• Volunteer of the year
  • Voluntary Group of the Year
  • Young Achiever of the Year
  • Contribution to Sport and Healthy Living
  • Don’t Mess with Croydon – Take Pride
  • Business in the Community
  • Fairer Croydon
  • Carer of the Year
  • Good Neighbour
  • Stronger Together

The nominations deadline is Friday 8 September and winners will be announced at an awards ceremony at the Hilton hotel on 17 October.



Questions on Knife Crime in Schools
16/08/2017 13:20:00.......Posted by Mario Creatura


CQ069-17 from Councillor Mario Creatura to Councillor Hamida Ali

At full Council on Monday 26th June, I asked the Cabinet Member what the Administration was doing to combat the rise in reported knife crime in Croydon. I pointed out that those young people that go to the Croydon Congress, whose parents attend public meetings and who regularly engage with the authorities are not likely to be those that are caught up in gang and knife-related crime. That those disenfranchised from the establishment are the ones that are both hardest to reach and those most in need of engagement.

As part of the Mayor of London's recently published London Knife Crime Strategy, it's been reported in the local press that every secondary school in Croydon could get metal detectors installed at entrances in order to find concealed weapons.

I'd like answers to the following please:

1. How many incidents involved knives have taken place in secondary schools in Croydon since 2014?

2. How does that figure compare to knife-related crime that does not take place in our schools?

3. Does the Administration believe that metal-detectors are required in our secondary schools?

4. If it does, what is the mechanism by which the Council would enforce metal detectors at our secondary schools?

5. Is the Cabinet Member aware and able to provide the view of Croydon's police force on this suggestion?


1. How many incidents involved knives have taken place in secondary schools in Croydon since 2014?

The council works closely with schools and we do support them in dealing with knife related issues but information is not held on the number of incidents in school.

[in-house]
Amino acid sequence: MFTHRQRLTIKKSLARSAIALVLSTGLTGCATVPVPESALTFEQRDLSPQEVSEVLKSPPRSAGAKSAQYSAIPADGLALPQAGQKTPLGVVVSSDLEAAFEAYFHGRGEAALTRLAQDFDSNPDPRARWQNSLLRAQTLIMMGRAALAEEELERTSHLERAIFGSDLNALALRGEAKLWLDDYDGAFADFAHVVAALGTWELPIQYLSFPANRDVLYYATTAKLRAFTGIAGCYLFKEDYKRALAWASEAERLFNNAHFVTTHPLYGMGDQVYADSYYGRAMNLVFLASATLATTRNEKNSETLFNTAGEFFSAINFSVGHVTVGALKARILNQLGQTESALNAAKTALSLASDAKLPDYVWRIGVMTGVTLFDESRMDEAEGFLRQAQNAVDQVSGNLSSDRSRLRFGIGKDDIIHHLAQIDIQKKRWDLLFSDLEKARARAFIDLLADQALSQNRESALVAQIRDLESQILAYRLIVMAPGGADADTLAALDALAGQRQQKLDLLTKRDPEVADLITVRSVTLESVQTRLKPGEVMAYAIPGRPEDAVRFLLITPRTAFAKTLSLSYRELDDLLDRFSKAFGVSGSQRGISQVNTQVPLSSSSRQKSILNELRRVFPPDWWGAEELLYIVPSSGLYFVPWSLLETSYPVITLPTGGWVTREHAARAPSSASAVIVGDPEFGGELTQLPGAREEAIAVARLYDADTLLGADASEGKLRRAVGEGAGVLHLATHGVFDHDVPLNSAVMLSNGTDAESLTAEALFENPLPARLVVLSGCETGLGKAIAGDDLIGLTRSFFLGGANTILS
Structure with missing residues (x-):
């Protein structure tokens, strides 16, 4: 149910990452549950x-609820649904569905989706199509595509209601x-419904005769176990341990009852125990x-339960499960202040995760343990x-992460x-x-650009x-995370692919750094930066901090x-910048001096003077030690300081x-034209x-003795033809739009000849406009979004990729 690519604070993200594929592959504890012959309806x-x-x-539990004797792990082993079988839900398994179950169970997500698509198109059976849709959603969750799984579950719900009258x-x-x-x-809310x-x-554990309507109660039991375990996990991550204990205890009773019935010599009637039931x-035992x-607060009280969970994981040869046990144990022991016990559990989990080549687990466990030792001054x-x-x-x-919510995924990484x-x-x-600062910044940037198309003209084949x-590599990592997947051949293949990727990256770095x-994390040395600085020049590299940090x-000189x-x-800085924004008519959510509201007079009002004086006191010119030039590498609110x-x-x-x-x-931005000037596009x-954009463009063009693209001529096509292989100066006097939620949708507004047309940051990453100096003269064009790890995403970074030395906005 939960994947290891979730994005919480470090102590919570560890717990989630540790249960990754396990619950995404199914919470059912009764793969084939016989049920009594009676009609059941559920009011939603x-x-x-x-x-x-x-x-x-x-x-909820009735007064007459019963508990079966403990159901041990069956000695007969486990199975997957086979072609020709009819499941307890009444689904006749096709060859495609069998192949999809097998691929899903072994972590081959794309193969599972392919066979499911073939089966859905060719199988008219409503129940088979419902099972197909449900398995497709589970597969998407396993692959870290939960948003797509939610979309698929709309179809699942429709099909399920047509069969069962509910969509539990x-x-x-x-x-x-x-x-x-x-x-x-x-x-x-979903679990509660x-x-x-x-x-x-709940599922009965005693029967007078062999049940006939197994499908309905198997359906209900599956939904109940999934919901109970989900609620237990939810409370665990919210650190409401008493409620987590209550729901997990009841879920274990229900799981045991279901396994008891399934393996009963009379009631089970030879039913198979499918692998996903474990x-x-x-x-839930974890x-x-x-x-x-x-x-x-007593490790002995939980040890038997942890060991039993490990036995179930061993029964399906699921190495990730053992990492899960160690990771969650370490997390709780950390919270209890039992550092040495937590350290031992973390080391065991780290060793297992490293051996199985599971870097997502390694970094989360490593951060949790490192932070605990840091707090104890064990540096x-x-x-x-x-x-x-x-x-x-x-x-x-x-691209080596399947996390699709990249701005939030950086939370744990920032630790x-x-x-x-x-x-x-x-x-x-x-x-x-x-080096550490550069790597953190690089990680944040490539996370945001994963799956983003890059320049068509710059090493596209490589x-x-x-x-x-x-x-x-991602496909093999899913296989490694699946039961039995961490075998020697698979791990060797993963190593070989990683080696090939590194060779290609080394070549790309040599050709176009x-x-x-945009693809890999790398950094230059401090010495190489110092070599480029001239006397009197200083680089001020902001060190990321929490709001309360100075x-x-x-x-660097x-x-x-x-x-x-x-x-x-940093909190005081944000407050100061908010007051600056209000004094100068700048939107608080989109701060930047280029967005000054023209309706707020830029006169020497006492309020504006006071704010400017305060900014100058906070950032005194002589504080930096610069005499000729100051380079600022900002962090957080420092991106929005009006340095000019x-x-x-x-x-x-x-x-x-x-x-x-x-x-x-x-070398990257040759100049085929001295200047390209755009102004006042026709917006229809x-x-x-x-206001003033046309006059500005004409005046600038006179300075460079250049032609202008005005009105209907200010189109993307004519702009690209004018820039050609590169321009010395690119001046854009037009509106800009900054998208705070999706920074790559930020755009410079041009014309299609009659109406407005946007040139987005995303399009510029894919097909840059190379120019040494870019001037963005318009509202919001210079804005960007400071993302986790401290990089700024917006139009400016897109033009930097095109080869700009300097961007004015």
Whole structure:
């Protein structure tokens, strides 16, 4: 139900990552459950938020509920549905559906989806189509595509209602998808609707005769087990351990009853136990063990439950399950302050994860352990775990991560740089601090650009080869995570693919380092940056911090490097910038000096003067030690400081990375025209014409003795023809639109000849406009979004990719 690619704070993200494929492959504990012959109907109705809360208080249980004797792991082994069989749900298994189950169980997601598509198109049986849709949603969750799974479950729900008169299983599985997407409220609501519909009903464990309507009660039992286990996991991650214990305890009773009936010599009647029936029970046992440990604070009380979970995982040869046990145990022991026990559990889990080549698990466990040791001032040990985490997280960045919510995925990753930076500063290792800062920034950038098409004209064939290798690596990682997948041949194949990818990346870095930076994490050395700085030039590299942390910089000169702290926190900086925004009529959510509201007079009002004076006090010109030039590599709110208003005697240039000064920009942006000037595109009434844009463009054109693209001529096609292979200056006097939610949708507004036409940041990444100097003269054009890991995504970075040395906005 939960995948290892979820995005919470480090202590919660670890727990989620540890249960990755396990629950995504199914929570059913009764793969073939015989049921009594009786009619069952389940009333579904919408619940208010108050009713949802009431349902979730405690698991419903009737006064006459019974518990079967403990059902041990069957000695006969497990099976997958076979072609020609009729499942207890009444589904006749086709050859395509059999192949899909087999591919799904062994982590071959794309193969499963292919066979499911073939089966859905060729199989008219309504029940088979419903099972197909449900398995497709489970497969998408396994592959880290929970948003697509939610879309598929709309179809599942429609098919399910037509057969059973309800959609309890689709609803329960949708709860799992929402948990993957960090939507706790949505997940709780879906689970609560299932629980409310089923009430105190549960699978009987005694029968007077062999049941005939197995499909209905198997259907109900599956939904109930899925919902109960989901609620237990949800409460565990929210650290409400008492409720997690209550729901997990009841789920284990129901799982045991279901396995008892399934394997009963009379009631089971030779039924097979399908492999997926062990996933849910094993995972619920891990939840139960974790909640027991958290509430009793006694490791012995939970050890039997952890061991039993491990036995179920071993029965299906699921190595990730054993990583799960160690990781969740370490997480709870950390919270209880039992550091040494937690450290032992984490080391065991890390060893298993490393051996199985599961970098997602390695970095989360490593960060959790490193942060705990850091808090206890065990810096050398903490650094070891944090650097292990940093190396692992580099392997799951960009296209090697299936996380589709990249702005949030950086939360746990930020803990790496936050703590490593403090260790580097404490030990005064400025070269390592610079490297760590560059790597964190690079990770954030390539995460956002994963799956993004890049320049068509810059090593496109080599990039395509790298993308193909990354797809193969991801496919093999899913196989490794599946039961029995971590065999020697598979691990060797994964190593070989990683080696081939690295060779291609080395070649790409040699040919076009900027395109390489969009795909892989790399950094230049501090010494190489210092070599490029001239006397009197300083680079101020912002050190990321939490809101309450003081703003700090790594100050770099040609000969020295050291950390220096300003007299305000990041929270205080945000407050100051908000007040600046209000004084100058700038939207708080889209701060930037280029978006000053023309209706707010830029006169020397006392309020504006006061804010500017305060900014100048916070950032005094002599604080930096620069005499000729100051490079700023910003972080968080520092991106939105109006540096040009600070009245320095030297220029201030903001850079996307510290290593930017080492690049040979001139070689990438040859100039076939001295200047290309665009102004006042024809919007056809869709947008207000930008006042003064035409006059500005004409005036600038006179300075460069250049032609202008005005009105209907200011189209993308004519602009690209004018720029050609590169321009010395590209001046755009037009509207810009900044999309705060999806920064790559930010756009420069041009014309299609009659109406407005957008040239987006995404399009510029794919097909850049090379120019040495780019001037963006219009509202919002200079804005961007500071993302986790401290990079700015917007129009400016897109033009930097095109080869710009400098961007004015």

2. How does that figure compare to knife-related crime that does not take place in our schools?

Given the answer above no comparison can be made. HoweverTotal knife related crime is as follows Years 14/15 - 443, 15/16- 340, 16/17 -674. More detailed figures are attached

3. Does the Administration believe that metal-detectors are required in our secondary schools?

This is just one of a number of tactics that can be deployed to assist schools in tackling knife related issues. While metal detectors in schools can assist in ensuring safety, they are used at the school's invitation, in partnership with the police and in a targeted way based on intelligence and any operations must be approved by the relevant Chief Inspector. There is evidence that those who carry knives can go to some lengths to 'hide' them elsewhere including getting other people less likely to be searched to carry for them so arches can be useful in preventing this. And just because a knife may be carried into school, it does not necessarily follow that it is intended to be used in the school. As such, we would see arches as potentially augmenting the work we are doing in having a zero tolerance policy for illegal knives on our streets more broadly. If you would like more information Ch Insp Mike Spies is happy to help 0208 649 01 14.

4. If it does, what is the mechanism by which the Council would enforce metal detectors at our secondary schools?

Schools, working in partnership with their schools’ police officers are best placed to determine the best way to keep children and young people in their care safe based on local risk assessments made for each individual school. The Council does not have the power to enforce metal detector use in schools, but will continue to work in partnership with Head Teachers and governing bodies to ensure our young people are safe. The council is working closely with the police and other agencies to tackle serious youth violence in the round - and that includes a range of activity in addition to police enforcement tactics, including engaging with young people and their parents to raise awareness about the dangers of carrying a knife.

5. Is the Cabinet Member aware and able to provide the view of Croydon's police force on this suggestion?

This is clearly a question for the police and would encourage the councillor to raise this with police colleagues directly.



Helping our Furry Friends!
26/07/2017 13:55:00.......Posted by Mario Creatura


Last week the Croydon Advertiser reported a sad story of a beautiful greyhound cross that had been found dumped in a phone box on Chipstead Valley Road with a broken shoulder.

Severley dehydrated and shaken from his ordeal, the three year-old was thankfully noticed by a passer by who immediately called up Furry Friends - a phenomenal organisation based in Old Coulsdon.

The dog, now named Barry, has a great new foster home in Caterham where he is making a full recovery.

Barry was found in my ward, and given the incredible work that Furry Friends carries out locally, rescuing and finding homes for pets that have been abandoned by scurrilous owners, I thought the least I could do was donate £500 of my ward budget to help their sterling work.

My donation will go towards supporting the rescue of animals across Croydon, funding various consultations and check-ups, x-rays etc and will contribute to the vet bill of the charity.

I'll be visiting them in the coming month, but if you are able to support them then visit to make a donation. Every little really does help.